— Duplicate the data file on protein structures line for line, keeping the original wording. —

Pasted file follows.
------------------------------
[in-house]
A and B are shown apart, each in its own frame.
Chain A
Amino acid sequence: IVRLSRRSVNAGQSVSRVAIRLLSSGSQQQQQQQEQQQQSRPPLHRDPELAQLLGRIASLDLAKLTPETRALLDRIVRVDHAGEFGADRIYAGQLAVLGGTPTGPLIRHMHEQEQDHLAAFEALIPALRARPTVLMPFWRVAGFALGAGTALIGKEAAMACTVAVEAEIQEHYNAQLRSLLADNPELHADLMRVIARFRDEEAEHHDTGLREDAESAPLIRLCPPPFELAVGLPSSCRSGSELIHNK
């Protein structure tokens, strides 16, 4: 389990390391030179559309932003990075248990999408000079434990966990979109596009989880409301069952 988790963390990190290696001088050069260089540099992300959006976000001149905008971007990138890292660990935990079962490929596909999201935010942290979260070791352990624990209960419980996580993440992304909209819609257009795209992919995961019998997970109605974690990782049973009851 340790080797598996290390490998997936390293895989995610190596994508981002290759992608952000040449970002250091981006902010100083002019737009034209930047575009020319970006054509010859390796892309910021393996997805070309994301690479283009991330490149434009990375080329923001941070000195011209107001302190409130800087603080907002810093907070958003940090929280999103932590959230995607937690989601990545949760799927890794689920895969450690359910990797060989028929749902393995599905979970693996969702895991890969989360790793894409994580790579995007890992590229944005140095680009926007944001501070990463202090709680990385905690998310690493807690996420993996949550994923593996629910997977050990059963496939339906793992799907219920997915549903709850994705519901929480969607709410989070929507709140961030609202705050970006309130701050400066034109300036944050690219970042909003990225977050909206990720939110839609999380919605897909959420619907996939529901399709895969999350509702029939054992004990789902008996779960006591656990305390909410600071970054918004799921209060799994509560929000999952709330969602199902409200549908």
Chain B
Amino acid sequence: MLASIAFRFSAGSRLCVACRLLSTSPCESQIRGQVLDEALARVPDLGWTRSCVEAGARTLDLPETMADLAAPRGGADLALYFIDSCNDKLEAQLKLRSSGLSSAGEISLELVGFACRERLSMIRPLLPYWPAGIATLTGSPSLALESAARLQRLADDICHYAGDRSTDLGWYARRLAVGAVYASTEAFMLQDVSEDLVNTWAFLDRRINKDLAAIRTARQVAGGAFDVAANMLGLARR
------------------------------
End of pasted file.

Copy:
[in-house]
A and B are shown apart, each in its own frame.
Chain A
Amino acid sequence: IVRLSRRSVNAGQSVSRVAIRLLSSGSQQQQQQQEQQQQSRPPLHRDPELAQLLGRIASLDLAKLTPETRALLDRIVRVDHAGEFGADRIYAGQLAVLGGTPTGPLIRHMHEQEQDHLAAFEALIPALRARPTVLMPFWRVAGFALGAGTALIGKEAAMACTVAVEAEIQEHYNAQLRSLLADNPELHADLMRVIARFRDEEAEHHDTGLREDAESAPLIRLCPPPFELAVGLPSSCRSGSELIHNK
């Protein structure tokens, strides 16, 4: 389990390391030179559309932003990075248990999408000079434990966990979109596009989880409301069952 988790963390990190290696001088050069260089540099992300959006976000001149905008971007990138890292660990935990079962490929596909999201935010942290979260070791352990624990209960419980996580993440992304909209819609257009795209992919995961019998997970109605974690990782049973009851 340790080797598996290390490998997936390293895989995610190596994508981002290759992608952000040449970002250091981006902010100083002019737009034209930047575009020319970006054509010859390796892309910021393996997805070309994301690479283009991330490149434009990375080329923001941070000195011209107001302190409130800087603080907002810093907070958003940090929280999103932590959230995607937690989601990545949760799927890794689920895969450690359910990797060989028929749902393995599905979970693996969702895991890969989360790793894409994580790579995007890992590229944005140095680009926007944001501070990463202090709680990385905690998310690493807690996420993996949550994923593996629910997977050990059963496939339906793992799907219920997915549903709850994705519901929480969607709410989070929507709140961030609202705050970006309130701050400066034109300036944050690219970042909003990225977050909206990720939110839609999380919605897909959420619907996939529901399709895969999350509702029939054992004990789902008996779960006591656990305390909410600071970054918004799921209060799994509560929000999952709330969602199902409200549908």
Chain B
Amino acid sequence: MLASIAFRFSAGSRLCVACRLLSTSPCESQIRGQVLDEALARVPDLGWTRSCVEAGARTLDLPETMADLAAPRGGADLALYFIDSCNDKLEAQLKLRSSGLSSAGEISLELVGFACRERLSMIRPLLPYWPAGIATLTGSPSLALESAARLQRLADDICHYAGDRSTDLGWYARRLAVGAVYASTEAFMLQDVSEDLVNTWAFLDRRINKDLAAIRTARQVAGGAFDVAANMLGLARR